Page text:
Three students (Lesley, Victoria, and Gabriel) had part-time placements with me at PSN for four months, and together we staged what was a very successful and memorable event at Caroline Bay East Gosford Regional Gallery. The Gallery and adjoining gardens were lit up in red with attendees also wearing something red. One hundred and ten people danced the night away with music provided by DJ’s Neil and Cindy, and awards were presented to people that had contributed to the care, support and wellbeing of people living with HIV on the Central Coast for 21 years.
2013: ‘If it ain’t broke, don’t fix it’
After being under the care of Dr Sara Pett for seven years, Sara returned home to England in mid-2013 to be closer to her ageing mother and continue practising and researching HIV medicine. A month after Sara’s departure, I returned a CD4 count of 528 and I know she would have been very excited for me. The nearest I had come to that count, was 660 in March 1998 (eight years before seeing Sarah). She would have been extremely pleased to know my CD4 counts did eventually reach the mid-700s for a brief period five-years later in 2018.
After Sara’s departure, my care at St. Vincent’s Immunology B and Ambulatory Care (IBAC) Unit was transferred to Professor Anthony Kelleher. From that point on, my HIV monitoring bloods were taken at HSC in Gosford before having face-face appointments with Prof Kelleher. I was responsible for providing Prof Kelleher with my results, as it was found to be the most effective method due to having pathology systems at two local health districts involved. Dr Kym Collins at HSC also became more involved with my HIV care, and together Tony and Kym would manage any HIV issues I had. This might sound like a complicated arrangement, however this worked quite well and effectively I had two HIV specialists. Any medication changes (only one minor change) were left to the discretion of Prof Kelleher.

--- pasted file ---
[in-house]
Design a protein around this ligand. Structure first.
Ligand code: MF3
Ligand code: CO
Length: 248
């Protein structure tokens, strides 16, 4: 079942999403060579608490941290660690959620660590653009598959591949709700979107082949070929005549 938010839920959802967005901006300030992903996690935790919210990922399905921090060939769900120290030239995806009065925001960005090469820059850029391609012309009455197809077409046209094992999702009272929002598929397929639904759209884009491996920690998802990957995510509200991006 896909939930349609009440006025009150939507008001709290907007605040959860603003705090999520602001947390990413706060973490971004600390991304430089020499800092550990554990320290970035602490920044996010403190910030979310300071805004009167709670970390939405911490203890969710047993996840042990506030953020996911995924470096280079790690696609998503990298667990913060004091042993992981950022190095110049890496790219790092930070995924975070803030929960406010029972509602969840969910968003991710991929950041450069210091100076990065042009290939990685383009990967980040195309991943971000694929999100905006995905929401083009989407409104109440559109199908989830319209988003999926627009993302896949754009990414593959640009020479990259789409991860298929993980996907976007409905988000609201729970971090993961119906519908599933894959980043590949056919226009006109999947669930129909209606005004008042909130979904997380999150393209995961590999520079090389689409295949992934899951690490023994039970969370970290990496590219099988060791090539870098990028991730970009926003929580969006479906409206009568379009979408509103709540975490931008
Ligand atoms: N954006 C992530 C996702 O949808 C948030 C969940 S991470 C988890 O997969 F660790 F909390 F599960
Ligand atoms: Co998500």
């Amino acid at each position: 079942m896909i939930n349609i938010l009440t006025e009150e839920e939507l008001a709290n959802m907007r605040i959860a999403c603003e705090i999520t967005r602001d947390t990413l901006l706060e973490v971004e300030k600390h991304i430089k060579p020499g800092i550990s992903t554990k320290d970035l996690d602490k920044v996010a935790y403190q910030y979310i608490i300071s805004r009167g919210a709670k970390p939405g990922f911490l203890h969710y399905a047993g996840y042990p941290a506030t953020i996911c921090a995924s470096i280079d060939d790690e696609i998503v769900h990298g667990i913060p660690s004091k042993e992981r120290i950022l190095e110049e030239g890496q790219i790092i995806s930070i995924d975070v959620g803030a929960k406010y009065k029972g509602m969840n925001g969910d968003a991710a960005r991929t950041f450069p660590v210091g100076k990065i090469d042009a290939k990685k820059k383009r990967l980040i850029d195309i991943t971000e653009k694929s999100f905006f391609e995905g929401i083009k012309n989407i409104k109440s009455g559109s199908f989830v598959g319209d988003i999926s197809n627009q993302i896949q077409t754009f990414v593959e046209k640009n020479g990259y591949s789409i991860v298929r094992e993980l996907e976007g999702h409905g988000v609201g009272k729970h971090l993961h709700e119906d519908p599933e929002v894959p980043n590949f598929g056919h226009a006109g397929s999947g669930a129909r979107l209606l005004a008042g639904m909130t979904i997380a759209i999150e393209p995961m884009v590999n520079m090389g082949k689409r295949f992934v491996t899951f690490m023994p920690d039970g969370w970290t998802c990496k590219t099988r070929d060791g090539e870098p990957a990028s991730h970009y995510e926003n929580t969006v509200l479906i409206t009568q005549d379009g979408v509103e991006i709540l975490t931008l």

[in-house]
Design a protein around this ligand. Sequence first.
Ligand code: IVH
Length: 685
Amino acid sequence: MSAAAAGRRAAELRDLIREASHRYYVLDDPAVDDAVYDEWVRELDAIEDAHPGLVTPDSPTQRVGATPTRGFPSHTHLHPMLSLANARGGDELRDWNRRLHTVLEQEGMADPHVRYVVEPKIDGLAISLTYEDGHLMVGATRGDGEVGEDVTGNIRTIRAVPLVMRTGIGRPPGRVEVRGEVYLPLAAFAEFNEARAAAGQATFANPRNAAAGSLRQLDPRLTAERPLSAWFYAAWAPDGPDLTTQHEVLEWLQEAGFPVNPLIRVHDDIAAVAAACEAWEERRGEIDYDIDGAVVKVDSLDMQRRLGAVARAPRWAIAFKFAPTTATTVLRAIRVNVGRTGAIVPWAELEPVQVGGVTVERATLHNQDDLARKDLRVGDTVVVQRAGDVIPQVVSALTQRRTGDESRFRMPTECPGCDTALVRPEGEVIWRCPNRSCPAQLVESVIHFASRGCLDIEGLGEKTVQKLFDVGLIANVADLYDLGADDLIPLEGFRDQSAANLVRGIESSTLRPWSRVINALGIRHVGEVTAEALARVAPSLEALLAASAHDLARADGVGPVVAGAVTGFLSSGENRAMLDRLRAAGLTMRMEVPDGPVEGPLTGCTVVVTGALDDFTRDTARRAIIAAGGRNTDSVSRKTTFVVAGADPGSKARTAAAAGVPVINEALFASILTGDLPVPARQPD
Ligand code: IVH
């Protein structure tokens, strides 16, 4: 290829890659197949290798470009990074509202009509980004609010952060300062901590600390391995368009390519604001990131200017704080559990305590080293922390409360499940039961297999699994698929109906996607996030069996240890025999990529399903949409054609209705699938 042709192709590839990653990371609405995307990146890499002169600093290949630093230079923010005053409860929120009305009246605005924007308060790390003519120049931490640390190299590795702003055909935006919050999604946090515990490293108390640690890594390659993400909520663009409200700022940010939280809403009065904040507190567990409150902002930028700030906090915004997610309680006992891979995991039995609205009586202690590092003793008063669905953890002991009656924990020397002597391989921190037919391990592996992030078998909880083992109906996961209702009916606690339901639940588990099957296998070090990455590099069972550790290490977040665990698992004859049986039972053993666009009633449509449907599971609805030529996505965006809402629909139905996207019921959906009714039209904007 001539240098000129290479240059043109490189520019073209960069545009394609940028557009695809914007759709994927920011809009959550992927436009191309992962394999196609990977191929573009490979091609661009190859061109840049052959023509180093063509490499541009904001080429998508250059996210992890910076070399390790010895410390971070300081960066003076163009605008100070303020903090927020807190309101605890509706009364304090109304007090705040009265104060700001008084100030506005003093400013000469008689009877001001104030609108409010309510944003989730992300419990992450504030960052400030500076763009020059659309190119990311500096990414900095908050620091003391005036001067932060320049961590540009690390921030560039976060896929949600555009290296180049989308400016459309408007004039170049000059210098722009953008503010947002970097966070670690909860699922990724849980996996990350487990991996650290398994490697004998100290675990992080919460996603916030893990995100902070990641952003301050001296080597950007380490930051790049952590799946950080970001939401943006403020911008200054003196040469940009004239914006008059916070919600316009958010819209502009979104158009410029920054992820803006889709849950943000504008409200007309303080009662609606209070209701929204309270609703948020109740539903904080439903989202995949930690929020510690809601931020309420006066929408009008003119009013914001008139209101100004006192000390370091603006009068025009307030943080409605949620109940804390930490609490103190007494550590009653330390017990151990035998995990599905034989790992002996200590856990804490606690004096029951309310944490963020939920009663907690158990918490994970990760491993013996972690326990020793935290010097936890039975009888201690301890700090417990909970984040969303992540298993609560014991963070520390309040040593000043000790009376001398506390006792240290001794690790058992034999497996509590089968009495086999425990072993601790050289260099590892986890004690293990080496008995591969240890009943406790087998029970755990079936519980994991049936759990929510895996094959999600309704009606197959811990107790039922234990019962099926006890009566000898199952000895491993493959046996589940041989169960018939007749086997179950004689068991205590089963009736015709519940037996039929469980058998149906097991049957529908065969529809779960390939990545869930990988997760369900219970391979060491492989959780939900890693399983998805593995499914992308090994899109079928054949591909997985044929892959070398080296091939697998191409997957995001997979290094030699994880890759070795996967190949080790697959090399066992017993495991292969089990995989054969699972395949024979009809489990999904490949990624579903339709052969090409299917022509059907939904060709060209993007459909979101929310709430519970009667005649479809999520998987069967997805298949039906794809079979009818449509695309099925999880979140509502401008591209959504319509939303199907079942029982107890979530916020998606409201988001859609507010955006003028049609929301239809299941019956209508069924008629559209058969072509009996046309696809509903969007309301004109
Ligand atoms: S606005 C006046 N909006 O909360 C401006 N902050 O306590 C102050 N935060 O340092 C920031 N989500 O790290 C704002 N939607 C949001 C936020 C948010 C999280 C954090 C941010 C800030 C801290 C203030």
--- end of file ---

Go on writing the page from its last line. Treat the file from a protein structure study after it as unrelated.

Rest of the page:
I have had several discussions with Tony regarding reducing my pill burden over the past few years however, according to him despite my regimen being complex, the risks of any changes are not worth contemplating or in his cautionary words “If it ain’t broke, don’t fix it.” I will write more about this in my final instalment for Talkabout in the December 2022 edition.
2013: HIV-Associated Neurocognitive Disorder (HAND) Maraviroc Study
In early August I consented to participate in this year-long study with the St. Vincent’s Department of Neurology where I was randomised to the control arm of the study, administered by Professor Bruce Brew. This involved frequent neurological testing to determine my suitability to be treated with the HIV antiretroviral drug Maraviroc.
According to Prof Brew’s final report dated 26 August 2013, I did not do very well on this study and as a result it was determined that my HAND status at baseline was Motor Neurone Disease (MND). At six months it was normal and at twelve months borderline MND. I recall having a long discussion with Prof Brew about my fluctuating results during the study.
In the early stages of the study, I reported that my father had died late in 2011, and I was finding it difficult dealing with my mother’s ability to remain living independently while taking on an increased role in her care. I believe that this was exacerbating my cognitive difficulties in the study.
Prof Kelleher followed-up with his own letter to Dr Collins after a clinic visit with him on 28 October, also outlining that neuro-psychological testing during the Maraviroc study suggested that I had some mild neuro-cognitive disorder. He further suggested that my varied viral load results during the year-long study could possibly be attributed to my HIV antiretroviral compliance.
Interestingly, follow-up testing was suggested for 6-12 months’ time to ascertain whether I had any deterioration and if so, once again formally assess my Cerebrospinal Fluid (CSF) for viral replication, and a review of my HIV antiretroviral regime. I experienced two abnormal viral load results over the next seven months post study, and these returned to undetectable levels thereafter. There was no further neurological follow-up testing done (or suggested) and my regime remained unaltered.
I found the results of my neurological testing experience quite bizarre because my whole life I have been acknowledged and praised for always having good memory skills. This is something that I take great pride in. The Garvan Institute research printout on Motor Neurone Disease (MND) that I was given to read in 2013 left me feeling quite shocked.
Nonetheless that was nine years ago, and I guess that if nothing else I am now more aware of this condition and the possible signs to watch out for. My mother passed away in December 2019 at the age of eighty-seven, two weeks after an unforeseen accident in her wheelchair. Despite being a little senile, my mother was as sharp as a tack and was a long way off having any decline in her cognitive functioning. I like to think that I will follow her example in this regard. I guess time will tell as I age, hopefully reaching my late eighties as Mum did.